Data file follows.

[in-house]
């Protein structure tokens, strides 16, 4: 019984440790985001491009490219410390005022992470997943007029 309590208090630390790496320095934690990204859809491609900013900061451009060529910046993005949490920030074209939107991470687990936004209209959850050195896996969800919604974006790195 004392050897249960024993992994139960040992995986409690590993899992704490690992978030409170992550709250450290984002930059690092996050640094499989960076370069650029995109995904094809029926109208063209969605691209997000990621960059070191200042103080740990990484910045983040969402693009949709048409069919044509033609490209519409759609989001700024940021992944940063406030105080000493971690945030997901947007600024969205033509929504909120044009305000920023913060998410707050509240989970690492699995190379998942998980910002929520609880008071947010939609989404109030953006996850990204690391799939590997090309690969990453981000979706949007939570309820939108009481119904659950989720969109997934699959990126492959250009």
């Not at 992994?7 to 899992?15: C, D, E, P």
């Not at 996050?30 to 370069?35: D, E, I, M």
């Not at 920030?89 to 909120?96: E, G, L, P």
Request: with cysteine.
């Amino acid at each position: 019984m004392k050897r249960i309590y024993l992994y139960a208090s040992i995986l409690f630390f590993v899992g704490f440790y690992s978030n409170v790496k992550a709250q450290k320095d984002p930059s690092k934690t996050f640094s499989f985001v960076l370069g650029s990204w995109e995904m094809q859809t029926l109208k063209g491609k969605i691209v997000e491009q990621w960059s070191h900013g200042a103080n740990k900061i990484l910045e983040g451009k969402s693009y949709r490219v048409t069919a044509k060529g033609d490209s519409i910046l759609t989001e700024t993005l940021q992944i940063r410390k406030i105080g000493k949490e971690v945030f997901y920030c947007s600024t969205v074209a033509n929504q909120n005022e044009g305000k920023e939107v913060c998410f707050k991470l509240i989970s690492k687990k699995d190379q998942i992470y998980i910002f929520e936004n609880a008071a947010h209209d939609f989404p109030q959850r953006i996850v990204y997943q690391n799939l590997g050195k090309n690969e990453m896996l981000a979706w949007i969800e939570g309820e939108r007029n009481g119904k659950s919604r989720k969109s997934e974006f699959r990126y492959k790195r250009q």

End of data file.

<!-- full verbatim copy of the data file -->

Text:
[in-house]
């Protein structure tokens, strides 16, 4: 019984440790985001491009490219410390005022992470997943007029 309590208090630390790496320095934690990204859809491609900013900061451009060529910046993005949490920030074209939107991470687990936004209209959850050195896996969800919604974006790195 004392050897249960024993992994139960040992995986409690590993899992704490690992978030409170992550709250450290984002930059690092996050640094499989960076370069650029995109995904094809029926109208063209969605691209997000990621960059070191200042103080740990990484910045983040969402693009949709048409069919044509033609490209519409759609989001700024940021992944940063406030105080000493971690945030997901947007600024969205033509929504909120044009305000920023913060998410707050509240989970690492699995190379998942998980910002929520609880008071947010939609989404109030953006996850990204690391799939590997090309690969990453981000979706949007939570309820939108009481119904659950989720969109997934699959990126492959250009």
């Not at 992994?7 to 899992?15: C, D, E, P």
């Not at 996050?30 to 370069?35: D, E, I, M």
């Not at 920030?89 to 909120?96: E, G, L, P």
Request: with cysteine.
């Amino acid at each position: 019984m004392k050897r249960i309590y024993l992994y139960a208090s040992i995986l409690f630390f590993v899992g704490f440790y690992s978030n409170v790496k992550a709250q450290k320095d984002p930059s690092k934690t996050f640094s499989f985001v960076l370069g650029s990204w995109e995904m094809q859809t029926l109208k063209g491609k969605i691209v997000e491009q990621w960059s070191h900013g200042a103080n740990k900061i990484l910045e983040g451009k969402s693009y949709r490219v048409t069919a044509k060529g033609d490209s519409i910046l759609t989001e700024t993005l940021q992944i940063r410390k406030i105080g000493k949490e971690v945030f997901y920030c947007s600024t969205v074209a033509n929504q909120n005022e044009g305000k920023e939107v913060c998410f707050k991470l509240i989970s690492k687990k699995d190379q998942i992470y998980i910002f929520e936004n609880a008071a947010h209209d939609f989404p109030q959850r953006i996850v990204y997943q690391n799939l590997g050195k090309n690969e990453m896996l981000a979706w949007i969800e939570g309820e939108r007029n009481g119904k659950s919604r989720k969109s997934e974006f699959r990126y492959k790195r250009q």